CHICAGO -- Attorneys for Detroit's pension funds said they will challenge a new settlement between the city and its interest-rate swap counterparties.
The city and counterparties announced they had reached a new agreement on Tuesday, after two days of court-ordered mediation. The deal is expected to shave $65 million off the costs of terminating the swaps.
As part of the agreement, the city will borrow $285 million from Barclays PLC to pay off the banks. That's down from the original $350 million debtor-in-possession financing.
But an attorney for the city's two pension systems said the terms continue to unreasonably favor the counterparties, UBS AG and Bank of America Merrill Lynch Capital Services Inc.
"We will challenge the new deal on the same basis as the old deal," Clark Hill attorney Robert Gordon, who represents the city's two pension funds, said in an email to the Bond Buyer. "In our opinion, the new deal simply remains too rich relative to our legal arguments that the swap counterparties did not have valid prepetition liens in the casino tax revenues, and, even if they did, those liens do not extend to the postpetition casino tax revenues."
Detroit emergency manager Kevyn Orr is expected to file an outline of the new settlement by Friday. The pension funds will file a response before the next bankruptcy court hearing, set for Jan. 3, Gordon said.
Orr is expected to be deposed about the new deal on Dec. 31.
It remains unclear whether bond insurers challenging the original settlement will fight the new one. Syncora Guarantee Inc., the main challenger of the original agreement, did not respond to requests for comment by press time. Syncora insures the swaps as well as a chunk of the $800 million of pension certificates hedged by the swaps.
Assured Guaranty Municipal Corp. and National Public Finance Guarantee Corp. last week withdrew their objections to the city's proposed debtor-in-possession financing and the swap settlement. The city added language to the proposed order authorizing the DIP and the settlement that assuaged some of the insurers' concerns.
In court filings ahead of last week's hearings on the swaps and the DIP, the city acknowledged there are issues it could litigate involving the status of the swaps — as the challengers have argued — but said that any litigation would be prolonged and tie up access to much-needed casino revenues that serve as collateral on the swaps.
Federal Judge Steven Rhodes, the judge overseeing Detroit's historic bankruptcy case, suspended last week's hearings after reaching an impasse with Detroit's attorneys, who refused to disclose details behind the city's strategy for treating the swaps as a secured debt and entering settlement negotiations.
The city and its counterparty banks then began federal mediation Monday aimed at striking terms more favorable to the city. The talks also included the settlement objectors including insurers Syncora Guarantee Inc. and Berkshire Hathaway Reinsurance Group, as well as other insurers and a committee representing holders of the pension certificates tied to the swaps.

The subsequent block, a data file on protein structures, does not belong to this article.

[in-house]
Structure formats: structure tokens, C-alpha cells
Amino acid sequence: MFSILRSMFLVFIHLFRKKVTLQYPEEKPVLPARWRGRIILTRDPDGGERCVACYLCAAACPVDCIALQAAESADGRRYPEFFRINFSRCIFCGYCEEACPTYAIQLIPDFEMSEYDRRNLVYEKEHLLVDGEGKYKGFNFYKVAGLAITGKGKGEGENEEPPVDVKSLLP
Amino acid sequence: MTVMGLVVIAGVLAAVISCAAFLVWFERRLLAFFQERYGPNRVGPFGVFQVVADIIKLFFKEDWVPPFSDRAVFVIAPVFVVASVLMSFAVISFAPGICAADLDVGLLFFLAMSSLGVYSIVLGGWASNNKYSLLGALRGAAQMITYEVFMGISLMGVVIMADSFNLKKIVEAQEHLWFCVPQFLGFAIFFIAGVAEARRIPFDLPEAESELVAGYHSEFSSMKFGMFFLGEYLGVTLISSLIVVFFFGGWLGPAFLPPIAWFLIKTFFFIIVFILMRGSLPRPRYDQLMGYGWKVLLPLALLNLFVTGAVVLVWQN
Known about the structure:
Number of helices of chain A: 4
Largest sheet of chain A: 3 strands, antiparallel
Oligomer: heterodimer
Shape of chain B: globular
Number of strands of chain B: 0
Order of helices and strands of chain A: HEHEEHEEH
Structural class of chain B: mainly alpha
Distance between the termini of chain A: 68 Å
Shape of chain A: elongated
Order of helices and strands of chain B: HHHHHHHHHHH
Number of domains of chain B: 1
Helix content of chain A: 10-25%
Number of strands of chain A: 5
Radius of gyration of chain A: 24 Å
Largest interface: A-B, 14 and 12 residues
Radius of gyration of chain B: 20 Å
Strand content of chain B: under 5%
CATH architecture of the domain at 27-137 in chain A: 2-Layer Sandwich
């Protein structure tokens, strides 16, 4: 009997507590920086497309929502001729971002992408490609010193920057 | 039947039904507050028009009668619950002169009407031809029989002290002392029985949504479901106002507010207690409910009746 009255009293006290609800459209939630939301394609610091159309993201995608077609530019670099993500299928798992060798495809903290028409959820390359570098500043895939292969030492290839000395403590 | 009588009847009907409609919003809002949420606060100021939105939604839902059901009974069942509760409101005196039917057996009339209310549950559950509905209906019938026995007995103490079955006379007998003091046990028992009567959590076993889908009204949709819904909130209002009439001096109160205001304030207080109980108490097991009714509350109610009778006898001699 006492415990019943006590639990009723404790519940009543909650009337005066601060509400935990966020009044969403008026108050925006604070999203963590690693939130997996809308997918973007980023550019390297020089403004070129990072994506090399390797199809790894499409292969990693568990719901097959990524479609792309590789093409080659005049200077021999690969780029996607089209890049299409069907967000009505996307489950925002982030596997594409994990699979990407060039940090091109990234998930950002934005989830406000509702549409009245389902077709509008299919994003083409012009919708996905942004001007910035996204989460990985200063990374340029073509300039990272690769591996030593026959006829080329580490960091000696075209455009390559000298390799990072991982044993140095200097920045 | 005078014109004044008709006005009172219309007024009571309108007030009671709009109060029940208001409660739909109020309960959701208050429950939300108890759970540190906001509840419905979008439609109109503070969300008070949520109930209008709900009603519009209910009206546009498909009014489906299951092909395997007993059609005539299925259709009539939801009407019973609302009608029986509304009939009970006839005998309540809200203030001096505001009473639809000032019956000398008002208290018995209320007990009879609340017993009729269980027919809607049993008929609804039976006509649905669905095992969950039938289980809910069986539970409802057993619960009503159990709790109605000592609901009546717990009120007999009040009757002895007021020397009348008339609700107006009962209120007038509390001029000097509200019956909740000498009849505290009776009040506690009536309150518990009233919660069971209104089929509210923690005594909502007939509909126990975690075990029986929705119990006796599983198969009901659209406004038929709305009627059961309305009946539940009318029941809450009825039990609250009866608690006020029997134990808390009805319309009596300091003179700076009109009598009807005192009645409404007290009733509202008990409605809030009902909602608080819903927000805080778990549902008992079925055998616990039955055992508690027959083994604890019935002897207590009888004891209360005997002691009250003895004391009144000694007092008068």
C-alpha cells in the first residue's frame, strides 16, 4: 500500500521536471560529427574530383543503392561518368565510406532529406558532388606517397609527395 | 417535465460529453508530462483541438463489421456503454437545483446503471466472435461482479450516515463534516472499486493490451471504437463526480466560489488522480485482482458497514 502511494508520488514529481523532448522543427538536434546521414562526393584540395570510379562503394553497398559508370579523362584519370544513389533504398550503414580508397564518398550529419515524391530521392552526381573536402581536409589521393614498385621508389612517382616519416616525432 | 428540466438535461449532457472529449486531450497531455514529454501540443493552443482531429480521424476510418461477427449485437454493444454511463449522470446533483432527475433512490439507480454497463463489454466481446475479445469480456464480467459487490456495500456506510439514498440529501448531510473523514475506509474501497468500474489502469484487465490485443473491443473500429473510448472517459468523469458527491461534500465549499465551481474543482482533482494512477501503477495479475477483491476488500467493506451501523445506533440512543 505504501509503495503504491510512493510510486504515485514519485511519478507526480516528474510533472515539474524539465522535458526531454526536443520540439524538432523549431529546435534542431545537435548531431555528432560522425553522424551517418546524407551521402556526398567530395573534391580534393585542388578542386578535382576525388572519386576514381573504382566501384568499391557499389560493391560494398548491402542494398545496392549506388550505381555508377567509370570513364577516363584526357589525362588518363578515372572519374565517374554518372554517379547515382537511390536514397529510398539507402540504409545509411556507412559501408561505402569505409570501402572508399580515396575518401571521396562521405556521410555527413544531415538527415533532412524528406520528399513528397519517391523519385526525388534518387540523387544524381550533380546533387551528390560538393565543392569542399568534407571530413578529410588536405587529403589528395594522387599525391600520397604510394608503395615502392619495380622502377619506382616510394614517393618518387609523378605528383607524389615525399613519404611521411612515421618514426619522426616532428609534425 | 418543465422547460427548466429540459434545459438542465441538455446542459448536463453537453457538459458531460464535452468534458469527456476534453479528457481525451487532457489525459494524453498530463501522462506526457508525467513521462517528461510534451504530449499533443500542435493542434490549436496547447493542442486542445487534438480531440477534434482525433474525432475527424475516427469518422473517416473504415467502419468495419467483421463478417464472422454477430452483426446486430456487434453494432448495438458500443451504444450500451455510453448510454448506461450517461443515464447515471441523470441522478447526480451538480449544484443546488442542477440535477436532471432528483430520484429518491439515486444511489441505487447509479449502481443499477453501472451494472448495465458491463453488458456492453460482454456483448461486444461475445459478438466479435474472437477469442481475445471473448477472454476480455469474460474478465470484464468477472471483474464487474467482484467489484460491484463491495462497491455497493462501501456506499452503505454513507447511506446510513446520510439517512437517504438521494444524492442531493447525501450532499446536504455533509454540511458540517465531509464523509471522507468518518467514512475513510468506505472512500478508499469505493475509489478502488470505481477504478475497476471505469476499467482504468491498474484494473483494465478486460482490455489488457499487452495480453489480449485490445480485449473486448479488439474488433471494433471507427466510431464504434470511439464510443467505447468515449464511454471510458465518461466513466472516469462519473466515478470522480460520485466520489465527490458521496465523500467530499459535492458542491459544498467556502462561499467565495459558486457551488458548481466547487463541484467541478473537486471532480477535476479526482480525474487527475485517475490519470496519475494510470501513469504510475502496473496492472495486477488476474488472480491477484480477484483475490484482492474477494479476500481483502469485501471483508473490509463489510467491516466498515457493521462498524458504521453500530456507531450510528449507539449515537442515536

Mediation began amid a threat from the city that it would consider suing the banks if a more agreeable deal to the court, objectors to the deals, and city couldn't be reached.
Orr has called the termination settlement and DIP central to his plan of adjustment to deal with the city's more than $18 billion of debts.
The original settlement called for a roughly 75-cent-on-the-dollar payout — totaling about $230 million — to counterparties UBS and Merrill Lynch to terminate the swaps that have contributed heavily to the city's fiscal woes.
The new agreement was struck shortly before noon Tuesday between Orr and the bank counterparties. Orr's office said a statement the settlement would close the "chapter on a financial deal that helped drive the city to insolvency" and free up access to $15 million in much-needed monthly casino revenues.
"After two days of intense negotiations led by Chief Mediator U.S. Chief District Court Judge Gerald Rosen, the city of Detroit and the swap counterparts have reached an agreement," an advisory from the U.S. District Court for the Eastern District of Michigan said. "The agreement is subject to approval by Bankruptcy Judge Steven Rhodes."
The city said the deal marks "a significant reduction" in the costs for terminating the swaps. The payout of $230 million as proposed in the original settlement represented a 25% reduction in the swap debt that was valued at $293 million. The new agreement's payout of $165 million raises the city's discount to 43%, according to the statement.
As a result of the new deal, the city said it would lower the DIP loan to $285 million with $165 million going to cover the termination payment and $120 million to fund improvements in city services.
Under the deals, a pledge of the city's casino revenues that currently backs the swaps will be shifted to the DIP deal. City income taxes would also be pledged. The DIP agreement with Barclays expires on Jan. 7, 2014.
Ernst & Young Capital Advisors LLC consultant Gaurav Malhotra testified during hearings last week that the city could exhaust its cash by the end of 2013 and face a $284 million shortfall by June 2015 if the swaps are not terminated. The original settlement would generate between $1.5 million to $3 million in monthly savings on interest rate payments, he said. The original swaps settlement was reached days before Orr filed for Chapter 9 in July.
Under the original plans, the DIP loan would consist of two loans: "Swap Termination Bonds," totaling $230 million, and the "Quality of Life Bonds," totaling $120 million. City attorneys had said a more favorable swaps settlement would raise the amount available for city quality of life projects and services.